Festival Brings Oaxacan Traditions to Poughkeepsie

The Guelaguetza festival, originating in Oaxaca, Mexico, will take place in Poughkeepsie, N.Y. on August 4, in its fifth year. (Photo by Pilar Roca via La Voz)

In its fifth year in the Hudson Valley, the Guelaguetza festival, originating in Oaxaca, Mexico, will take place in Poughkeepsie, N.Y. on August 4. (Photo by Pilar Roca via La Voz)

The Guelaguetza festival of traditional dances from the state of Oaxaca, Mexico will light up Poughkeepsie, N.Y. on August 4, splashing the Hudson Valley town with the vibrant colors of costumes nearly 2,500 miles from where the event originated. In an article on the celebration, La Voz’s Mariel Fiori describes what the day will bring.

Around 50 dancers from four different groups of the tri-state area, wearing more than 100 colorful costumes (44 of them donated by the Mexican government) present 14 traditional dances, including the favorites such as the Danza de la pluma (Feather Dance) or Flor de piña (Pineapple Flower), on a stage in front of the Hudson River, organized in a span of 5 hours so that over 1500 audience members can enjoy them. This is the fifth annual Poughkeepsie Guelaguetza, promising tradition, culture and flavor so we can all be Oaxacans for a day.

The Poughkeepsie festivities had their inception ten years ago, when women from the town’s Saint Mary’s Church, led by Rosa López, wanted to present a folk dance. They decided to do the dance themselves and invite others to join. They thought to persuade some local teens to perform the Danza de la pluma, one of the most emblematic Oaxacan dances. However, when it comes to the kids of immigrants, the ever-common roadblock of cultural unfamiliarity popped up. Said López, “the teenagers didn’t really know the culture, none of them wanted to do it. They were all ashamed to dance.” But that didn’t stop the Oaxacan native.

“I understood that it would be very difficult to instill in these young people something they had never seen. I spoke with their parents and told them that in order to make their children love the culture of Oaxaca, it had to be shown to them, and so it was the parents who had to dance. We didn’t have a teacher yet and we met at David Castellanos’ house and started to rehearse in his patio. Word got out that a Danza de la pluma was being put together and a young man, Heric Eloy Martínez, showed up and it was he who showed us the dance.”

Also a native of Oaxaca, Eloy Martínez had danced in Guelaguetza festivals in the state since the ’90s.

“It is a very international and important event for our state, Oaxaca, and it is very beautiful because every region of the state is present,” explains Heric.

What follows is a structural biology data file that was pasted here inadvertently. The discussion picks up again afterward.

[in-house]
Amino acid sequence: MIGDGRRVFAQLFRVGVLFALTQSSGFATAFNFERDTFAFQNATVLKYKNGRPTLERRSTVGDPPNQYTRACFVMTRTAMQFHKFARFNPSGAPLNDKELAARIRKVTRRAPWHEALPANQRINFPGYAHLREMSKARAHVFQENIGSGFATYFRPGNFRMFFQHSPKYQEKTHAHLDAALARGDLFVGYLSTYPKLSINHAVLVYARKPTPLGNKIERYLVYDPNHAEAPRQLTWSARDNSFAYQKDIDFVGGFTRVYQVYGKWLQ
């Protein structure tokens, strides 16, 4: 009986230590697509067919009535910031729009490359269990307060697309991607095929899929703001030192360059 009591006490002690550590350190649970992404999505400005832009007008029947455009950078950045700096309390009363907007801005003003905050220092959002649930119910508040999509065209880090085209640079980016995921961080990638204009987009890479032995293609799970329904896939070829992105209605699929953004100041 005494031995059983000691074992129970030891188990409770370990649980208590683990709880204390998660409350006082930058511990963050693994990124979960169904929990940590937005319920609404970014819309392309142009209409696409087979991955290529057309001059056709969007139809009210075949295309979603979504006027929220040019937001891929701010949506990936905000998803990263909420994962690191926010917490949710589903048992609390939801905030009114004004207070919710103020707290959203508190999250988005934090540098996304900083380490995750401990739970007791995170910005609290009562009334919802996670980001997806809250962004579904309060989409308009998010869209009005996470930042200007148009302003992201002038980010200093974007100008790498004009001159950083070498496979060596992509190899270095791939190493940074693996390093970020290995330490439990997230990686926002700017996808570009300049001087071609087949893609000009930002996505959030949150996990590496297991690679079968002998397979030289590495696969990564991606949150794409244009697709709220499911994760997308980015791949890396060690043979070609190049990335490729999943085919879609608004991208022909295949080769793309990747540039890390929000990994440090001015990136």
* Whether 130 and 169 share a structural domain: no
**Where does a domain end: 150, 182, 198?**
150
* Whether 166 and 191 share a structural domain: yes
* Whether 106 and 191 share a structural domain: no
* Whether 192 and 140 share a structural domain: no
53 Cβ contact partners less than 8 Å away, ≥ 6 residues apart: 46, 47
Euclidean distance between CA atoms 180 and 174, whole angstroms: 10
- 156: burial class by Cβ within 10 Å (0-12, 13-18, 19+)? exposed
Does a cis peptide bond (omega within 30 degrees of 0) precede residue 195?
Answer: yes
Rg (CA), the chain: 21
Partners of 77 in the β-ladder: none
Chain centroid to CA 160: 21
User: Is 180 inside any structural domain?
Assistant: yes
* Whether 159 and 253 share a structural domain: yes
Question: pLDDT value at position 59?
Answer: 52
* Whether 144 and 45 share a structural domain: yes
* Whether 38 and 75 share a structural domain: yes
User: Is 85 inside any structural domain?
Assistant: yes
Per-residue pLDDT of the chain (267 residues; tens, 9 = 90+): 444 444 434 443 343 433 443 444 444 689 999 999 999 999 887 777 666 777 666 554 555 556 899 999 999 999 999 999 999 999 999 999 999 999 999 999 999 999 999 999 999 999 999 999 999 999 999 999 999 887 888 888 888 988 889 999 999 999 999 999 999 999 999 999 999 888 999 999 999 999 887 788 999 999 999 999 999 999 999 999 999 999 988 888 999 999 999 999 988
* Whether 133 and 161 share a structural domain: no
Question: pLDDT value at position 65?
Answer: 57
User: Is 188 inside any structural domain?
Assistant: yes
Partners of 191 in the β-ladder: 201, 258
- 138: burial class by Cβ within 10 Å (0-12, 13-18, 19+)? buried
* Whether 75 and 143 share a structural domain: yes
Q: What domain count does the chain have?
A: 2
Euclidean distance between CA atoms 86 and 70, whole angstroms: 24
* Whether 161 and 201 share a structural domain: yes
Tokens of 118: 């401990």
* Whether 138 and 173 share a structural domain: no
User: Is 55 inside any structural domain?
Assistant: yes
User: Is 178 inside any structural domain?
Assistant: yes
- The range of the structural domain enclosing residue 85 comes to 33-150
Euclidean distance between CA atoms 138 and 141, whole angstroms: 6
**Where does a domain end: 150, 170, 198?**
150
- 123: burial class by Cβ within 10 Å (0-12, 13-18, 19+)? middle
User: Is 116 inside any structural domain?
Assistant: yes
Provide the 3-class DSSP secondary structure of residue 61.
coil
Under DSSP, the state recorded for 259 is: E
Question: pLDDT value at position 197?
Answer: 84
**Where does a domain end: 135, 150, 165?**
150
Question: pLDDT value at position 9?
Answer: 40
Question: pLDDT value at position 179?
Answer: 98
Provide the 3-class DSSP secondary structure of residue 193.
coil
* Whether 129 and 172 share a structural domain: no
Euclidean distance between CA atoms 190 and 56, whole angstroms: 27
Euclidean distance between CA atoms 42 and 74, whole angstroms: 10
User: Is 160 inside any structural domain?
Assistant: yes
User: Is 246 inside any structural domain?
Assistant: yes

He adds: “The Guelaguetza is an event that I love a lot because it is there that I can represent my Zapotec heritage, my indigenous culture,” he says.

But what does “Guelaguetza” mean?

The word Guelaguetza is of Zapotec origin and it designates the action of offering, sharing or giving. Also known as Lunes del cerro (Monday of the Hill), this recent festival (it started to be celebrated in 1906) is carried out the two Mondays closest to the 16th of July, which is the day of Our Lady of Mount Carmel (Virgen del Carmen) according to the catholic calendar. Groups from each of the eight regions of the state of Oaxaca (Costa Chica, Cañada, Papaloapan, Mixteca, Sierra Sur, Sierra Norte, Valles Centrales and Istmo Tehuantepec) participate in this celebration, proudly wearing glamorous costumes, each attesting to the traditions of its region.

By 2009, López, with the help of other locals Oaxacans in Poughkeepsie, presented the first Guelaguetza, no small feat in a town where Mexicans overall make up just under 3,000 of the town’s over 32,000 people, or only 9 percent.

One of those local Oaxacans included Felipe Santos, who explains why he wanted to help organize the Guelaguetza Festival.

“I lived in San Agustín Yatareni, in the Valles Centrales region of Oaxaca, I didn’t know about the cultural wealth that my state has. I immigrated to the United States when I was 15 and I was here for many years without taking an interest in absolutely anything. But when Rosa López invited me to participate, I fell in love with my traditions and started informing myself about them, seeing how beautiful they are. That was when I became seriously devoted to sharing my new experience of Oaxacan culture in the Hudson Valley. Additionally, this is a connection with others and the cultural heritage that I want to leave for my children and the children of others.”

The connections of fellow Oaxaca native Eloy Gutierrez have brought in donated costumes, support from local businesses and the attendance last year of Carlos Sada, the consul general of the Mexican Consulate in New York, himself born in Oaxaca. In response to what Gutierrez deems the most important aspect of the celebration, he replies:

“To participate in my Oaxacan culture, to meet all the people who have lent us a hand, especially Americans and people of other nationalities. We feel proud to have all these people collaborate with us and provide us their support.”

Visit La Voz for more information on the 2013 Poughkeepsie Guelaguetza.

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